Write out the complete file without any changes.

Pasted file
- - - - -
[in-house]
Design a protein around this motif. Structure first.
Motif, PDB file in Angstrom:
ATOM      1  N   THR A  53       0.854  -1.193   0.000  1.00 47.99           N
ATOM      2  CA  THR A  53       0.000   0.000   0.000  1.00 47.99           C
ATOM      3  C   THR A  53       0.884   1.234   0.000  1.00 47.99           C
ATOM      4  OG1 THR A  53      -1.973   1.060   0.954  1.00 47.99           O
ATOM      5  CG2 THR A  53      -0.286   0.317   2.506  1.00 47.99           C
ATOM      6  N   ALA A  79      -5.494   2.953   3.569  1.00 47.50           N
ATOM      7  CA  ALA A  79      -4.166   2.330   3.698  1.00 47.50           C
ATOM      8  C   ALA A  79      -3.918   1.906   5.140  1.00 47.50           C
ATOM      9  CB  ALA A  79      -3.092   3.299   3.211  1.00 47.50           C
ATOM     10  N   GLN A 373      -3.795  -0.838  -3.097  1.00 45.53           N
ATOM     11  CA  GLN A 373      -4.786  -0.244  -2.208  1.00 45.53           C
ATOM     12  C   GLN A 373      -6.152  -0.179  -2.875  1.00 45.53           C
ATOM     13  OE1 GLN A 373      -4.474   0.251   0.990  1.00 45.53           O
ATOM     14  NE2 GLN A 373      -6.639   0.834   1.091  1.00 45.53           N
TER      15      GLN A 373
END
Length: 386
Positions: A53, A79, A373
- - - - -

[in-house]
Design a protein around this motif. Structure first.
Motif, PDB file in Angstrom:
ATOM      1  N   THR A  53       0.854  -1.193   0.000  1.00 47.99           N
ATOM      2  CA  THR A  53       0.000   0.000   0.000  1.00 47.99           C
ATOM      3  C   THR A  53       0.884   1.234   0.000  1.00 47.99           C
ATOM      4  OG1 THR A  53      -1.973   1.060   0.954  1.00 47.99           O
ATOM      5  CG2 THR A  53      -0.286   0.317   2.506  1.00 47.99           C
ATOM      6  N   ALA A  79      -5.494   2.953   3.569  1.00 47.50           N
ATOM      7  CA  ALA A  79      -4.166   2.330   3.698  1.00 47.50           C
ATOM      8  C   ALA A  79      -3.918   1.906   5.140  1.00 47.50           C
ATOM      9  CB  ALA A  79      -3.092   3.299   3.211  1.00 47.50           C
ATOM     10  N   GLN A 373      -3.795  -0.838  -3.097  1.00 45.53           N
ATOM     11  CA  GLN A 373      -4.786  -0.244  -2.208  1.00 45.53           C
ATOM     12  C   GLN A 373      -6.152  -0.179  -2.875  1.00 45.53           C
ATOM     13  OE1 GLN A 373      -4.474   0.251   0.990  1.00 45.53           O
ATOM     14  NE2 GLN A 373      -6.639   0.834   1.091  1.00 45.53           N
TER      15      GLN A 373
END
Length: 386
Positions: A53, A79, A373